Over a decade ago, while living in the dry desert of Tucson, AZ, I repeatedly washed out our newborn's bottles after each feeding. As a first time Mom who was sleep deprived, I noticed the cracks on my fingers that wouldn't heal and soon became larger open wounds. (Later I would learn this was called "digital ulcers"...a fancy name for PAINFUL finger sores that are difficult to heal.) I thought this was normal due to my situation of dry climate and hands constantly in water. The pain became excruciating so I sought out medical help. After several appointments with medical professionals and taking major narcotics, I was officially diagnosed with scleroderma, a disease that has become my new normal.
Fast forward to today: After making the decision to change up life to fit our new normal, we have moved back to Michigan from AZ where I sought out Dr. Khanna and the U of M Scleroderma Clinic. This team of caring individuals is paving the way not only to help treat my daily symptoms that can make life miserable, but also taking part in cutting edge research to find a cure so others don't have to suffer with this disease.
This team has given me amazing opportunities to gain knowledge about the disease, try different treatment options, be part of MY medical team and communicate not only on medically/scientifically but also on a warm personal level, and train me as a peer mentor so I can connect with other scleroderma patients and be a partner with them during this challenging journey. Dr. Khanna also confirmed my guess that my own father had scleroderma at age 72, making this more of a family affair!
My friends and family know that I try not to be a complainer and keep a positive attitude no matter how grim the situation, however I want to explain the things that I can no longer do or are quite challenging because scleroderma has attacked my body. Putting on make-up, chopping vegetables, vaccuuming, wearing contacts, cutting steak, opening bottles, picking up coins off a table, turning keys in a lock, buttoning shirts, writing thank you notes, blow drying my hair, getting stuff out of the freezer, running, socializing and entertaining, dental work, shopping for long periods, teaching school and becoming a principal (which was my life long dream), turning pages of a magazine....and the list goes on and on. I have learned to make adaptations so life is easier on me and my family. Scleroderma has been a blessing in disguise because it has taught me a life lesson: embrace each day like it is your last, live large and loud for things you are passionate about, love like no other and shine God's grace and light wherever your path leads.
My family and I are passionate not only about raising money for this wonderful, life saving team, but also increasing awareness and knowledge on this infant disease. I appreciate your time spent reading this page and can be a personal contact if you have any further questions or concerns. My 11 year old son who is healthy, active child that I hope grows up only having second hand information that scleroderma is a horrible condition that his Mom and Grandpa suffered. By helping fundraise for a cure he shouldn't have any first hand knowledge. There's nothing I wouldn't do for him!! Thanks again for your support that comes in so many ways.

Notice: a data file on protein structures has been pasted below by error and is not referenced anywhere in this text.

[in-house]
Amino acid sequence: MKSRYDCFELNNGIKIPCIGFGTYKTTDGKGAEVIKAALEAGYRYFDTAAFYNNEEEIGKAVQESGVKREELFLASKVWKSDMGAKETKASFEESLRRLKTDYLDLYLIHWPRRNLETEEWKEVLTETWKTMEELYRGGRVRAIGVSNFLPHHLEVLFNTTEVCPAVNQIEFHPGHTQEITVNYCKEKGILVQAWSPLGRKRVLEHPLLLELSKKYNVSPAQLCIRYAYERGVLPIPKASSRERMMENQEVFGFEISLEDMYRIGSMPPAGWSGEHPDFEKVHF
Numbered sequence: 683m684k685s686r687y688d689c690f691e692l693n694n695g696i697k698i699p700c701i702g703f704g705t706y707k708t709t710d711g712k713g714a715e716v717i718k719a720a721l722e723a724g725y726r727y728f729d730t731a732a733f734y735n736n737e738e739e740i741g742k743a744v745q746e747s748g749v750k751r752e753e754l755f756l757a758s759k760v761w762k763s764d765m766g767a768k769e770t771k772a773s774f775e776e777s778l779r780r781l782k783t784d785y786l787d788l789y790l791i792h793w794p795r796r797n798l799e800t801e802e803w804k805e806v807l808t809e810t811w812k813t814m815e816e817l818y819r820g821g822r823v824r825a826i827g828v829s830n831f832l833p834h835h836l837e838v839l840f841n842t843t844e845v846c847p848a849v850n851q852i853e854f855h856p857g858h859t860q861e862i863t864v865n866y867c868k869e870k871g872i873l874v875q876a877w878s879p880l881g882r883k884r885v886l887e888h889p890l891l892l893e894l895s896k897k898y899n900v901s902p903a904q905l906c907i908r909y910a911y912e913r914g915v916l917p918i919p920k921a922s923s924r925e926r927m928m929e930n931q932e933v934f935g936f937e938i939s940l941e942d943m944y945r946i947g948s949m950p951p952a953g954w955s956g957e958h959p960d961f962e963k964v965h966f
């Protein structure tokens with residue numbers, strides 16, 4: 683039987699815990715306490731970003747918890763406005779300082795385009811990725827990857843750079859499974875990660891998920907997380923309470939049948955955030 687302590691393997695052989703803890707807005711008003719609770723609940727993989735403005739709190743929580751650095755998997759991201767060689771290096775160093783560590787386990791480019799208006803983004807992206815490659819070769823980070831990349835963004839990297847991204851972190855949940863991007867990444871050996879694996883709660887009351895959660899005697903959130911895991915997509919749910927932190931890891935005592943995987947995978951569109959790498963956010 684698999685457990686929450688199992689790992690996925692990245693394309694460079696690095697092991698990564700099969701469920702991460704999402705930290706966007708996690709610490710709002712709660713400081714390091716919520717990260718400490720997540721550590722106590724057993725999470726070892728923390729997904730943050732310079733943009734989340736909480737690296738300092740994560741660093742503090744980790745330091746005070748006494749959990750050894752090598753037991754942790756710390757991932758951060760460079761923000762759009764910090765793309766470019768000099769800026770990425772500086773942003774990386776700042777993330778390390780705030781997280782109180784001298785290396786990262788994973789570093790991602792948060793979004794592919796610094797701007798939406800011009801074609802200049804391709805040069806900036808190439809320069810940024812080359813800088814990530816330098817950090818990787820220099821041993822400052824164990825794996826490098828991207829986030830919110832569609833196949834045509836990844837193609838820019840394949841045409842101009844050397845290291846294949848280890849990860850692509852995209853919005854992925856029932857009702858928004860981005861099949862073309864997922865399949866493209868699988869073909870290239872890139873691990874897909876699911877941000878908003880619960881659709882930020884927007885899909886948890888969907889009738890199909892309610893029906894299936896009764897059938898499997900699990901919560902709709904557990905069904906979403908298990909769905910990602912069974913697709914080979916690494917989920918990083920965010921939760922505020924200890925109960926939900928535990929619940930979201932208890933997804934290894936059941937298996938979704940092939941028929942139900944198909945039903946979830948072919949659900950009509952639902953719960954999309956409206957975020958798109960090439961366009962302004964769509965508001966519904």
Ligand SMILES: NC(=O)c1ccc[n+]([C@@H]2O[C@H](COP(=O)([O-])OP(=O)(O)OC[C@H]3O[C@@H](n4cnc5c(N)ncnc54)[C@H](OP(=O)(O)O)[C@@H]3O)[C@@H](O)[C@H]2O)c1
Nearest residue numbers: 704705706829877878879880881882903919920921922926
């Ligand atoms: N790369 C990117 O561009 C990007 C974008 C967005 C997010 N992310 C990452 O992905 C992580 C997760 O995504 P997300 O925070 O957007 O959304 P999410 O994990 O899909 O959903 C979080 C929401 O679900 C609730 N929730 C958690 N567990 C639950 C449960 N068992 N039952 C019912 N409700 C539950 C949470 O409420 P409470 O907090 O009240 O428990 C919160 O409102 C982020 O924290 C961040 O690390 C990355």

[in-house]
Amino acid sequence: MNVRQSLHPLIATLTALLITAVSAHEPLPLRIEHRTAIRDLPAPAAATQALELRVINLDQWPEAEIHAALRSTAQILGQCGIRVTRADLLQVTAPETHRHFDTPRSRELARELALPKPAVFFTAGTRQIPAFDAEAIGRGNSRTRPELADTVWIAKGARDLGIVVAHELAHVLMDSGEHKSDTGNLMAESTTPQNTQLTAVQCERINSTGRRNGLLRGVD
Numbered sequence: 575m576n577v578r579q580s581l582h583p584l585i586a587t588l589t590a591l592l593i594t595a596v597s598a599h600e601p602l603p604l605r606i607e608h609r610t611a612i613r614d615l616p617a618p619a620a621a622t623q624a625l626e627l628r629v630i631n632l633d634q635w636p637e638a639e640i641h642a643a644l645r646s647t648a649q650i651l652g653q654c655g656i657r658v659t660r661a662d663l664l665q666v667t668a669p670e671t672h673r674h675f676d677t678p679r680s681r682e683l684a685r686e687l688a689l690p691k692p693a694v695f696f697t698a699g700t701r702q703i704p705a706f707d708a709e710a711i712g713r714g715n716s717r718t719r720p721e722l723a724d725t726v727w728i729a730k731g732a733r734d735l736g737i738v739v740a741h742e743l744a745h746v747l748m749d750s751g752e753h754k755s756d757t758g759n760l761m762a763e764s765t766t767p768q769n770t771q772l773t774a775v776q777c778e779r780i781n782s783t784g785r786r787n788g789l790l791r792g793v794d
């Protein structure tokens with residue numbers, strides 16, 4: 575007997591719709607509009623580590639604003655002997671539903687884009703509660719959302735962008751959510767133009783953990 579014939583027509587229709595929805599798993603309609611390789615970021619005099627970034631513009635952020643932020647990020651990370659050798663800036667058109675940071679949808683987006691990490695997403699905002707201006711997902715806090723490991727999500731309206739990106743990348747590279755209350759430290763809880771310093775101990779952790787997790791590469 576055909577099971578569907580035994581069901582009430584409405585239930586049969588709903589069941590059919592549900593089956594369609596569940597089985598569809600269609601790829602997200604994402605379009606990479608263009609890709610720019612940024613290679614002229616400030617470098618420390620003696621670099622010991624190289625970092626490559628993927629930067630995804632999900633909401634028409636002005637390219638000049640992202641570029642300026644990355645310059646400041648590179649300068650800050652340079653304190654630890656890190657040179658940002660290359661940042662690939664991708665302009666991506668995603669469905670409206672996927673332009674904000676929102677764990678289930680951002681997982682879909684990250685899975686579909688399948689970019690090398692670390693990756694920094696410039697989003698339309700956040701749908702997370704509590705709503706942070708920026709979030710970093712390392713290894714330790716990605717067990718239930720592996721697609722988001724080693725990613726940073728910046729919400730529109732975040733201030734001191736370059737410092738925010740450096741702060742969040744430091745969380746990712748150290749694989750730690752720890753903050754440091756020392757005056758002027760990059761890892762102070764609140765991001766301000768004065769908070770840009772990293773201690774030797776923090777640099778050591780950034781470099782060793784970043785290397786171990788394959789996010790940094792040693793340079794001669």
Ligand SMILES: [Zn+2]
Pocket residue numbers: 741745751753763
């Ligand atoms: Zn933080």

Off to live life lovingly & loudly, Sheri
Scleroderma is an unpredictable, chronic disease that can lead to life-threatening complications. An autoimmune condition, it involves the buildup of scar-like tissue in the skin and other organs, such as the heart and lungs, and can make movement and breathing difficult. It is estimated that about 300,000 people in the United States have the disease, and its toll is great.
While it affects mostly women in the prime of their lives — between the ages of 30 and 50 — men and children can also have scleroderma. Of those with systemic, rather than localized, scleroderma, 34 percent do not survive for 10 years. Lung complications are the cause of 60 percent of scleroderma-related deaths. Because scleroderma can appear in various parts of the body, each patient experiences the disease differently. It therefore requires comprehensive, personalized therapy.
At Michigan Medicine, we take a wholly collaborative and research-based approach to treating this disease. Physicians work together across specialties, and we are developing sophisticated ways to measure outcomes so that we can evaluate the effectiveness of the care individuals are receiving — and at the same time look for patterns and clues that will help us develop more effective therapies for all.
June is Scleroderma Awareness Month, and you can help us fight this devastating disease! In our laboratories, scientists are advancing our understanding of the disease process and identifying new approaches to treatment. Our goal is to stop or reverse the features of the disease that affect patients’ quality of life and threaten their survival, work we believe will lead to preventing and curing scleroderma.
With federal funding for research continuing to decline, we depend on donations from private individuals like you. Every dollar raised during the month of June will make a profound difference.
YOU CAN BE A VICTOR Michigan Medicine’s scleroderma program is leading the way in treatment, in research, and in training the physicians and scientists who will continue to push this fight forward. With your support, we can accelerate health care toward a better future.
Help find a cure during Scleroderma Awareness Month